Many people in the Cowra and Canowindra areas will be familiar with the names John Grant and Moyne. Cowra Family History Group will be hosting a speaker of interest concerning these names at its meeting on February 2nd 2019.
John Grant was only 18 when he left Ireland aboard the convict ship “Providence” and arrived in the colony of New South Wales in July 1811. His hometown was Moyne in County Tipperary and he paid tribute to his hometown by later using the name Moyne in his new country.
Upon arrival in NSW, Grant was assigned to Doctor William Redfern, where he worked as a farm labourer on Redfern’s “Campbellfield” property at Minto. John Grant was obviously a good and trustworthy worker as he eventually became the overseer and manager of Redfern’s property and later sourced
land further afield for Redfern, including in the Cowra area.
John had also been allowed to do extra work for remuneration during his assignment so was able to purchase some land and livestock by the time he gained his Ticket of Leave and then his Conditional Pardon in 1820. At this time each married emancipist was entitled to apply for a grant of land so Grant selected 50 acres of good grazing land in the Vale of Clwydd near Hartley, which he called Moyne Farm. There he built a home for himself, first wife Jane and their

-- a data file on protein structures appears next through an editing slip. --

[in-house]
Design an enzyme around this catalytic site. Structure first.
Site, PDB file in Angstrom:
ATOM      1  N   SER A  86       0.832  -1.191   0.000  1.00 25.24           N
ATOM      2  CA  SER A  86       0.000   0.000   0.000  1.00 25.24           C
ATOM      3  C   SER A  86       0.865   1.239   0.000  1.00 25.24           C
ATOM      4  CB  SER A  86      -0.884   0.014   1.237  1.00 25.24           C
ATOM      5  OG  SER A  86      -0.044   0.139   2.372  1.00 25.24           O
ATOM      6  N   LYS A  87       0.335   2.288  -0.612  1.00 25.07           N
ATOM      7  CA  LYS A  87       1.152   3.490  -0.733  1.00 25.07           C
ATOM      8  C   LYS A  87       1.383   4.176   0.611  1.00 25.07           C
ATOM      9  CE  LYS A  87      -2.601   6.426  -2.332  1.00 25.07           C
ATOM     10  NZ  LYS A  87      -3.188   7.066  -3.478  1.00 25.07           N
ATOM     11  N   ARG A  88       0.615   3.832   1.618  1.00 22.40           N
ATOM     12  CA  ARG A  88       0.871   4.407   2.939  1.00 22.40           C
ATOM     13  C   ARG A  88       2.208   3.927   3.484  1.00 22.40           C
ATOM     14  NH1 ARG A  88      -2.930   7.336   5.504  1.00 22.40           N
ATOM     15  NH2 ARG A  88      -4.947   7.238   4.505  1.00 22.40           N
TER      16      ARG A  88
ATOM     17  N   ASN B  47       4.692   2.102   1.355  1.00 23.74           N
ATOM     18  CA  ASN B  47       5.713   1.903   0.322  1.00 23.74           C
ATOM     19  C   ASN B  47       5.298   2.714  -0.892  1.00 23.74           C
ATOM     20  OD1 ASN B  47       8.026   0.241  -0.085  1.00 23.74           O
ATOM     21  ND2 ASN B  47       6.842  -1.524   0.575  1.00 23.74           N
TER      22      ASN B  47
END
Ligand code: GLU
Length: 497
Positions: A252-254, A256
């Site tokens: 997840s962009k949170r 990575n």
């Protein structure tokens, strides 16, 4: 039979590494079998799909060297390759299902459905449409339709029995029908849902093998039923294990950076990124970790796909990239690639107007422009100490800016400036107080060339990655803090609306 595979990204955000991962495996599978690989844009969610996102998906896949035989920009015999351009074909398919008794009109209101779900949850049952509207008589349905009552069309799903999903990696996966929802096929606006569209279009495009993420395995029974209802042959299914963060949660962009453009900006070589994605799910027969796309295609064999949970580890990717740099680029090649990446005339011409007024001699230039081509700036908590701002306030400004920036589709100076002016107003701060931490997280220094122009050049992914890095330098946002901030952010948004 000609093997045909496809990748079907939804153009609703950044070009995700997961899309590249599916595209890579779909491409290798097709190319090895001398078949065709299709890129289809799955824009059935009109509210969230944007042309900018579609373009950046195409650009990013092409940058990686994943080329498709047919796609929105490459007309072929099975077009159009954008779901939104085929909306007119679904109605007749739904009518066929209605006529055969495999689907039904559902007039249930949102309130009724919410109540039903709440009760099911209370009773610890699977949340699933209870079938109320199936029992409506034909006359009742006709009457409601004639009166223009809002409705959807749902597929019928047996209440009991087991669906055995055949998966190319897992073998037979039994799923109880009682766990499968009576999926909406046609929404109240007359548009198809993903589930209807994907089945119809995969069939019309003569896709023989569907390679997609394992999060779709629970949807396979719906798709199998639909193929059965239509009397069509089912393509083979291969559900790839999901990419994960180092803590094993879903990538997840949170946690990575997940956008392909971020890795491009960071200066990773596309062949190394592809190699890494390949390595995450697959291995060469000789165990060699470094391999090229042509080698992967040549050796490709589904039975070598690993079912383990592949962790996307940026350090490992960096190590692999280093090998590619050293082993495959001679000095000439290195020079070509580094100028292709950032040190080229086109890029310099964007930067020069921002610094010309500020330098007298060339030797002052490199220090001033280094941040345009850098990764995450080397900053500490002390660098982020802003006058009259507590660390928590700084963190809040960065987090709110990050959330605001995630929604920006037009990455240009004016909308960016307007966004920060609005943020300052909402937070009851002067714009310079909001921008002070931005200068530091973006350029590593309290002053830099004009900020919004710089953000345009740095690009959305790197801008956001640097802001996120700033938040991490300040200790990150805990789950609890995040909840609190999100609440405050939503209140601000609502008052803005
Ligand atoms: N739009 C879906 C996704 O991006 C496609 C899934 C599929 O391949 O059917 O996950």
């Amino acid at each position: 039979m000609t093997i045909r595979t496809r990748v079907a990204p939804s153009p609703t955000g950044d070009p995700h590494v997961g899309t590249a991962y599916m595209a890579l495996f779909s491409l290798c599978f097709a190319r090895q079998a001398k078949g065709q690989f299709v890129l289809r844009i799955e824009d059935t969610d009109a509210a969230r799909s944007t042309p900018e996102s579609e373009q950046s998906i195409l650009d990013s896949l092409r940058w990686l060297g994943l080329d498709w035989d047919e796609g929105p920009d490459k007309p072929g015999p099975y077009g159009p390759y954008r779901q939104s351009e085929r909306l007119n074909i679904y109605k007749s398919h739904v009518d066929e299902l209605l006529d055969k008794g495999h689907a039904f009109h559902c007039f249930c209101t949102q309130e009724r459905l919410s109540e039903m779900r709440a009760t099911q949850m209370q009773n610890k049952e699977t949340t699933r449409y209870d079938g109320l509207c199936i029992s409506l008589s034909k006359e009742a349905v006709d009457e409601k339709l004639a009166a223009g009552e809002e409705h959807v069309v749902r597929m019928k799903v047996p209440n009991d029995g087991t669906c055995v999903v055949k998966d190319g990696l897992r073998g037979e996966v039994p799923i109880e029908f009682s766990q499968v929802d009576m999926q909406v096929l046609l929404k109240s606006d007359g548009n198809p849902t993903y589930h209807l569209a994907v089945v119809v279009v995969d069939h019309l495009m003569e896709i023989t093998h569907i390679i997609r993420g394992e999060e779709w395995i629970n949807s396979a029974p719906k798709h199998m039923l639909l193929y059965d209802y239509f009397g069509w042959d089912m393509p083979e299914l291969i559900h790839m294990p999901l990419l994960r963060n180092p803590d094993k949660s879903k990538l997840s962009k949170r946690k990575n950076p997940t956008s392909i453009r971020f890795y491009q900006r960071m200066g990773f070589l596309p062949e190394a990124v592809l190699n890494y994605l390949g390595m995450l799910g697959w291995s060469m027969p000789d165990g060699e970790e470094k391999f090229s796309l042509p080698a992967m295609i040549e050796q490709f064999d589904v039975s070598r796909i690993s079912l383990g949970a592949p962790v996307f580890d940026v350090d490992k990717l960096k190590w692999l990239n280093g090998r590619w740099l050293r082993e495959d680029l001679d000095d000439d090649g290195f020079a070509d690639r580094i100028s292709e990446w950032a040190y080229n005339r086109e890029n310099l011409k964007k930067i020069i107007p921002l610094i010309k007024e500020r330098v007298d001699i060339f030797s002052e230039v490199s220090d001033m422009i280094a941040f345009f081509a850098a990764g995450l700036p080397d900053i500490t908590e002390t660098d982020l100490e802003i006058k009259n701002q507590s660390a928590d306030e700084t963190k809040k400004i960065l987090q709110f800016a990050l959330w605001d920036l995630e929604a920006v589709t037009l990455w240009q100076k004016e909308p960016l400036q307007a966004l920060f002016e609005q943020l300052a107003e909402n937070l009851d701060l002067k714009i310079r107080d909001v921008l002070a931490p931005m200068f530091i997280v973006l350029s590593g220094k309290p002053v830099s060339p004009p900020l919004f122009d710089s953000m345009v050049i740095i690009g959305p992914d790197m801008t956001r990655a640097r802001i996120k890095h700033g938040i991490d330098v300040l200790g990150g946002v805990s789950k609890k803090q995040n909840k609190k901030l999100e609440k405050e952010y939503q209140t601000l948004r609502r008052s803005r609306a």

In ensuing years John Grant both purchased and leased land as well as claiming unoccupied squatter’s run land along the Lachlan and Belubula Rivers. By 1828 he had 56 assigned convicts working for him. John Grant became one of the wealthiest and largest landowners in NSW by the mid 1800’s. Whenever land he was familiar with became available or he discovered new unoccupied acres Grant applied to purchase or lease these. In 1848 Grant became the
lessee of over 30,000 acres called “Merriganowry” along the Lachlan River near Cowra. After 55 years living in NSW, when John Grant died in 1866 he was buried near the Lachlan River on his “Merriganowry” property.
In 1994 Cabonne Council named the newly built bridge over the Belubula River at Canowindra the John Grant Bridge in recognition of the contribution John Grant made to the development of the area. On Saturday February 2, Ramsay Moodie from the Lithgow National Trust will give a presentation about the restoration undertaken by the National Trust of the graveyard established on Moyne Farm in 1826, as well as the restoration of the 1820-22 homestead
by the current owners of Moyne Farm. It is planned that Moyne Farm at Hartley will be open to the public on Sunday May 5 as part of the National Trust 2019 Heritage Festival.
Ramsay’s presentation will take place at the conclusion of Cowra Family History Group’s meeting on February 2 which will be held in the Nguluway Room adjacent to the Cowra Art Gallery. Interested members of the public are most welcome to attend – the meeting begins at 2.00pm, with the Moyne
Farm presentation timed to begin at 2.45pm. Afternoon tea will follow.